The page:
GIG Economic Bulletin – January 18, 2021

The economy is bracing for a sharp downturn in Q1 2021 as a result of the extended lockdown, however a rapid recovery is expected to follow in the second half of the year and into 2022.

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While Greece’s economic slowdown in 2020 is forecast to the tune of 10.5%, a 4.5% recovery has been predicted in 2021, starting in the second half of the year, followed by an expansion of 9.5% in 2022. Meanwhile, Amazon Web Services has announced the opening of new Athens office and Greek Prime Minister Kyriakos Mitsotakis has submitted a proposal for an EU-wide Covid vaccination certificate in an effort to accelerate the coordinated reopening of borders.


Estimates of 2020 GDP put the overall recession at somewhat less than 10.5% GDP after a milder-than-expected downturn in Q4. Debt will also be a little lower than 209% of GDP, as debt settled at €338 billion rather than the estimated €340 billion.

Forecasts for the beginning of 2021 are less optimistic, with economists expecting a deep recession due to the January lockdown. The Finance Ministry estimates that a 30% reduction in retail could lead to a 7% contraction for the economy in Q1. However, some forecasters are holding out hope for a rapid recovery in the second half of 2021, with Piraeus Bank expecting the year to close with 4.5% growth, followed by a upturn of 9.5% in 2022.

Deflation reached record levels in 2020, with the December Consumer Price Index (CPI) falling at a rate of 2.3% according to ELSTAT, the second worst reading since 1960. The fall was led by transport, with airline tickets down 26.1%, while lower energy prices also weighed on the index.

The employment balance for December was positive, with 2,116 more jobs created than lost, according to Labour Ministry figures. Across 2020, there were 93,003 more jobs created than lost, however the balance fell 34,641 jobs short of the 2019 balance. October’s seasonally adjusted unemployment held steady at 16.7% from September according to the Hellenic Statistical Authority (ELSTAT), and was also unchanged from a year ago.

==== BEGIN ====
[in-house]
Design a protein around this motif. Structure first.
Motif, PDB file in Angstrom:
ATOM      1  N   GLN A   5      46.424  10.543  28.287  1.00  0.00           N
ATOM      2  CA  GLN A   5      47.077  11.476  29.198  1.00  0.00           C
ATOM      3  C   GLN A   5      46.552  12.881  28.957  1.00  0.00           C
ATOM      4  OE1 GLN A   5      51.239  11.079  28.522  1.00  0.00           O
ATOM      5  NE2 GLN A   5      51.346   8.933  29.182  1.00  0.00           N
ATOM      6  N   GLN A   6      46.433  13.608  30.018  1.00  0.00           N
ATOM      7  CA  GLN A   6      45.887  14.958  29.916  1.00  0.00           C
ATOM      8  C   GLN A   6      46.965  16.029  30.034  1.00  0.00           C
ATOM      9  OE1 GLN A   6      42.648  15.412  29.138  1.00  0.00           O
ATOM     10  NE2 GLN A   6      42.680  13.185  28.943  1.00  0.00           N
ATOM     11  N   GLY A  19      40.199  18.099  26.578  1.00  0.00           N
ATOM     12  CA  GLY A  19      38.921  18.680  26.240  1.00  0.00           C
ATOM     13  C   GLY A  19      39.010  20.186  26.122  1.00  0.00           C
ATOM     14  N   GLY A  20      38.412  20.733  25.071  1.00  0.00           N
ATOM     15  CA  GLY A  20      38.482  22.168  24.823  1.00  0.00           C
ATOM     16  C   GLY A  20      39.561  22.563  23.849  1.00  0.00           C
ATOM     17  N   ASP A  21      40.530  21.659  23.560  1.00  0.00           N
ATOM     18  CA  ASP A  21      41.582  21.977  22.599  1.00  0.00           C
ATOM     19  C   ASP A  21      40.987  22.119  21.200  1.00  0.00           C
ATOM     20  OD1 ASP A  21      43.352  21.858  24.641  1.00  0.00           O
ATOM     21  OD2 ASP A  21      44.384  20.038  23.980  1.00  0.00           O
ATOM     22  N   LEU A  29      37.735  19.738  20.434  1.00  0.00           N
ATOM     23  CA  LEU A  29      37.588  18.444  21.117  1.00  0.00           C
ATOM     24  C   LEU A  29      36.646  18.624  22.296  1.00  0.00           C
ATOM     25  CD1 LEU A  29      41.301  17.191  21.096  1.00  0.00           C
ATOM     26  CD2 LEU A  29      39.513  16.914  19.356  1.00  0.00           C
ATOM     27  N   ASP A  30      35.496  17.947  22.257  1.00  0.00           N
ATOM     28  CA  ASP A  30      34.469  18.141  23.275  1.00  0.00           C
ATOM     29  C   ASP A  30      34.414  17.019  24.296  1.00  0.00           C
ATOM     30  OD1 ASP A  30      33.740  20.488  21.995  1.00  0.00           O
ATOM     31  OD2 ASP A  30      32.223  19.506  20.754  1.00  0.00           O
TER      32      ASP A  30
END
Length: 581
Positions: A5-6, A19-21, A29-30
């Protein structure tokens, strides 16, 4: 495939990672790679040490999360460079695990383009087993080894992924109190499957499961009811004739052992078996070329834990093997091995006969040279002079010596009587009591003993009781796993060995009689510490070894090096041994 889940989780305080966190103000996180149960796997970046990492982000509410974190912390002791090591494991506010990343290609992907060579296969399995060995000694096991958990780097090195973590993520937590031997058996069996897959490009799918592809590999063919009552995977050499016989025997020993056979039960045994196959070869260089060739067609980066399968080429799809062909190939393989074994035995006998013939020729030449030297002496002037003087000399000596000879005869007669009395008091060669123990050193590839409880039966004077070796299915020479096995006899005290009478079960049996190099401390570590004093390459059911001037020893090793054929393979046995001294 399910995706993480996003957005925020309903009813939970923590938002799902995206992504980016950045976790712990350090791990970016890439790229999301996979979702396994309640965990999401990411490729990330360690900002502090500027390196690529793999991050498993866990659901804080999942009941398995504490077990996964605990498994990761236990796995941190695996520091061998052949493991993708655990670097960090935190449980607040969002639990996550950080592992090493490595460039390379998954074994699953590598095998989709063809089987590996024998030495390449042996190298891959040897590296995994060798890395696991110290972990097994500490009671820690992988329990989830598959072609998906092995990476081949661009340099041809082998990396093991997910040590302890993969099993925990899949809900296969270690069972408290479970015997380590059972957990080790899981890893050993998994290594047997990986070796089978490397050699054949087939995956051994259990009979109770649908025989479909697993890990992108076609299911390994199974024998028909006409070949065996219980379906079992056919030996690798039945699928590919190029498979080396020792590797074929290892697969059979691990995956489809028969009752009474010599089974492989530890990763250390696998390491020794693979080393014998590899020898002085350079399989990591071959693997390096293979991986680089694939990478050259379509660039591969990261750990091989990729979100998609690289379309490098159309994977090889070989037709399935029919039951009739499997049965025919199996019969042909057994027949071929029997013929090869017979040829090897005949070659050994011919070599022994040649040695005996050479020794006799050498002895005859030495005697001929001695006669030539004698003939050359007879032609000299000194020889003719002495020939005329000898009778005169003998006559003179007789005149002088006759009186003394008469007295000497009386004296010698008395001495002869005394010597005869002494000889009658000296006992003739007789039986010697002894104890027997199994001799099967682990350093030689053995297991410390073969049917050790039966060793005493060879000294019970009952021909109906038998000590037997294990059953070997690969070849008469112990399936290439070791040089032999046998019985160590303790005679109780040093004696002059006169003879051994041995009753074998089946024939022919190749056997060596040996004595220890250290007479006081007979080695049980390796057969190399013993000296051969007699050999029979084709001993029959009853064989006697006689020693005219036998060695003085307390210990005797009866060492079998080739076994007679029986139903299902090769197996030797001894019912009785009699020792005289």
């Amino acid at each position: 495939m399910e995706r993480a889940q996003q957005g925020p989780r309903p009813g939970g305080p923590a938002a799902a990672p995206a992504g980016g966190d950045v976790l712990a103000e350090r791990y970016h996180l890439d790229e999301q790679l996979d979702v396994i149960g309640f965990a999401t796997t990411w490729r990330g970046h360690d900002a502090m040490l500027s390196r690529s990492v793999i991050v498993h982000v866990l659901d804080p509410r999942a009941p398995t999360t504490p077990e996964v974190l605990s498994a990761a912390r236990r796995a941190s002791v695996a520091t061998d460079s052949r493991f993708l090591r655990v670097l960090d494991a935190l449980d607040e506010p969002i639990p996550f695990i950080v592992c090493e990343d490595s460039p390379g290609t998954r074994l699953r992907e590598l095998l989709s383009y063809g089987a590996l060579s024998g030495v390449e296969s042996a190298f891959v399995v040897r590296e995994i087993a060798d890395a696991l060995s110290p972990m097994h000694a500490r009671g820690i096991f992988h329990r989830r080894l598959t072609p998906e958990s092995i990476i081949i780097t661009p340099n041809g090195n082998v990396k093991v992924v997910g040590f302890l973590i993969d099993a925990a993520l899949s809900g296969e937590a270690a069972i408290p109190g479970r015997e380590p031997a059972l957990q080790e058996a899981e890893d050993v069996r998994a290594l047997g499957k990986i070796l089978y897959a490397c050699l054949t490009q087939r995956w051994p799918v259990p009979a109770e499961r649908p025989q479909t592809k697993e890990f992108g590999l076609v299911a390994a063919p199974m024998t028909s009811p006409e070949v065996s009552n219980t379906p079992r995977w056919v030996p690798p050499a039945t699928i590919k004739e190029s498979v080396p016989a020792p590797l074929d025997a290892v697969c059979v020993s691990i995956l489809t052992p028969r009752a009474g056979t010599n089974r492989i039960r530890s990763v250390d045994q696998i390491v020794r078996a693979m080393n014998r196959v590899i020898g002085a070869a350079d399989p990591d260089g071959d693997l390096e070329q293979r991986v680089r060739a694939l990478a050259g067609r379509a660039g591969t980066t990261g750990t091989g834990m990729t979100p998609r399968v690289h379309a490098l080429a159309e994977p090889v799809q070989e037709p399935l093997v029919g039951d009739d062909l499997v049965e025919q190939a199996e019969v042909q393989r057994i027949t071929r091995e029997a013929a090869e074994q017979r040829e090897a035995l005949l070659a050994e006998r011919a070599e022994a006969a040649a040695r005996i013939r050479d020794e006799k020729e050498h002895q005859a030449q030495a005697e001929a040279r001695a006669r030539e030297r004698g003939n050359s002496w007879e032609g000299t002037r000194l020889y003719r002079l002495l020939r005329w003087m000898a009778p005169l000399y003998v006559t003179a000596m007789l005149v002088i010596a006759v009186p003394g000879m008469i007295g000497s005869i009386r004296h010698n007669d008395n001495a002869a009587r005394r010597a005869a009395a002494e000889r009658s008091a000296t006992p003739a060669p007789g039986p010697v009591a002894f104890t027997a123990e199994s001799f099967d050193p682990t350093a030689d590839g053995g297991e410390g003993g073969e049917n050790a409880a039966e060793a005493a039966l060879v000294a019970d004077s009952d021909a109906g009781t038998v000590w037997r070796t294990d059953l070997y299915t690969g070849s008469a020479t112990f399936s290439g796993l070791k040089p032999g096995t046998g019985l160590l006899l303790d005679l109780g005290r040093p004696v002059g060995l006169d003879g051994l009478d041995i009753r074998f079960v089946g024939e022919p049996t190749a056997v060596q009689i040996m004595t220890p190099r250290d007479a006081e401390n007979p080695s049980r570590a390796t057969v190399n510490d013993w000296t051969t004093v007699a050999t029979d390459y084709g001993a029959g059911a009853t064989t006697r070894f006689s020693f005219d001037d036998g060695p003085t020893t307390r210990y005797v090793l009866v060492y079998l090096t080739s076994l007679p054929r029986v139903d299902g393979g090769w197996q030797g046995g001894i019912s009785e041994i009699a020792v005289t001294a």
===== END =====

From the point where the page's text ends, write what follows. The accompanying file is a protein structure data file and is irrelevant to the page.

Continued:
The total revenue of companies obliged to submit monthly data was down 8.4% in November compared to the same month in 2019. For businesses closed due to the lockdown, the drop was 51%.


The pandemic is expected to add €10 billion to the stock of bad loans according to figures presented by Bank of Greece Governor Yannis Stournaras at the 8th Banking Forum and Fintech Expo. Stournaras argued that the proposed “bad bank” could take over the new NPLs, along with €30 billion from the existing stock.

Loans managed by servicers are expected to reach €100 billion this year, while planned securitisations will amount to €20 billion, according to the association of servicers.

“Hercules II”, the second round of state guarantees for troubled asset securitisations is ready to go live in the next couple of months, pending approval from the European Commission.


Amazon Web Services announced the opening of a new office in Athens to support the increasing number of companies and public sector entities in Greece moving to the company’s cloud computing platform.

Milan, Italy – August 10, 2017: Amazon web services website homepage. It is a subsidiary of that provides on-demand cloud computing platforms. AWS logo visible.

Stock Market

The ASE general index recorded weekly losses of 3.56% to close at 790.14 points. Expectations of a deep recession in Q1 put the brakes on the end-of-year rally, as lockdowns across Europe put investment decisions on hold.


Greek Prime Minister Kyriakos Mitsotakis has tabled a proposal for an EU-wide vaccination certificate for travellers to speed up the coordinated reopening of borders. The proposal is due to be discussed at the EU summit on 21 January.

The Finance Ministry is planning a new round of measures to support the economy through the latest lockdown extensions, which are estimated to cost the economy over €3 billion a month according to government figures. The total package is expected to reach €13 billion, with the addition of new support tools to be rolled out in January and February including loan moratoria, business loan subsidies, more refunds on tax advances, and a controversial freeze on auctions.

With infection rates stabilising and hospital numbers down, retail is due to reopen on January 18 under a new safety protocol.

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